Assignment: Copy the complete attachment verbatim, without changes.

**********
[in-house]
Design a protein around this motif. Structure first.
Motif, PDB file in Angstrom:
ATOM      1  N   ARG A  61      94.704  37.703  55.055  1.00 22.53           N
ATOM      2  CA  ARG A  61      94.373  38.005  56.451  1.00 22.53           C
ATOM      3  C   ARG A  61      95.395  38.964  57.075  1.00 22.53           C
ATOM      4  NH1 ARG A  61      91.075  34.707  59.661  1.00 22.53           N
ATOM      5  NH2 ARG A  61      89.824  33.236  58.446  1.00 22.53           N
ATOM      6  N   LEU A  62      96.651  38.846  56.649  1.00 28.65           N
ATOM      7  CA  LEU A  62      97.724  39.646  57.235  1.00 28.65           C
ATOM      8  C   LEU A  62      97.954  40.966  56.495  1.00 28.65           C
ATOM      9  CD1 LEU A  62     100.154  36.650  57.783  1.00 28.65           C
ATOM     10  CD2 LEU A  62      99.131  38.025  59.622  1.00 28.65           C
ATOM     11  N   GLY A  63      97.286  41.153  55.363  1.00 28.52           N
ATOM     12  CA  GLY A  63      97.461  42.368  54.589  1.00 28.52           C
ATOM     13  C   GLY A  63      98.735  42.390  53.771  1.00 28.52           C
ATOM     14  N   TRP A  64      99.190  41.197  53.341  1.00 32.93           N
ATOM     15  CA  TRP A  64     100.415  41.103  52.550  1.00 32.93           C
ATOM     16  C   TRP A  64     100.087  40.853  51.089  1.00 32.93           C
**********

[in-house]
Design a protein around this motif. Structure first.
Motif, PDB file in Angstrom:
ATOM      1  N   ARG A  61      94.704  37.703  55.055  1.00 22.53           N
ATOM      2  CA  ARG A  61      94.373  38.005  56.451  1.00 22.53           C
ATOM      3  C   ARG A  61      95.395  38.964  57.075  1.00 22.53           C
ATOM      4  NH1 ARG A  61      91.075  34.707  59.661  1.00 22.53           N
ATOM      5  NH2 ARG A  61      89.824  33.236  58.446  1.00 22.53           N
ATOM      6  N   LEU A  62      96.651  38.846  56.649  1.00 28.65           N
ATOM      7  CA  LEU A  62      97.724  39.646  57.235  1.00 28.65           C
ATOM      8  C   LEU A  62      97.954  40.966  56.495  1.00 28.65           C
ATOM      9  CD1 LEU A  62     100.154  36.650  57.783  1.00 28.65           C
ATOM     10  CD2 LEU A  62      99.131  38.025  59.622  1.00 28.65           C
ATOM     11  N   GLY A  63      97.286  41.153  55.363  1.00 28.52           N
ATOM     12  CA  GLY A  63      97.461  42.368  54.589  1.00 28.52           C
ATOM     13  C   GLY A  63      98.735  42.390  53.771  1.00 28.52           C
ATOM     14  N   TRP A  64      99.190  41.197  53.341  1.00 32.93           N
ATOM     15  CA  TRP A  64     100.415  41.103  52.550  1.00 32.93           C
ATOM     16  C   TRP A  64     100.087  40.853  51.089  1.00 32.93           C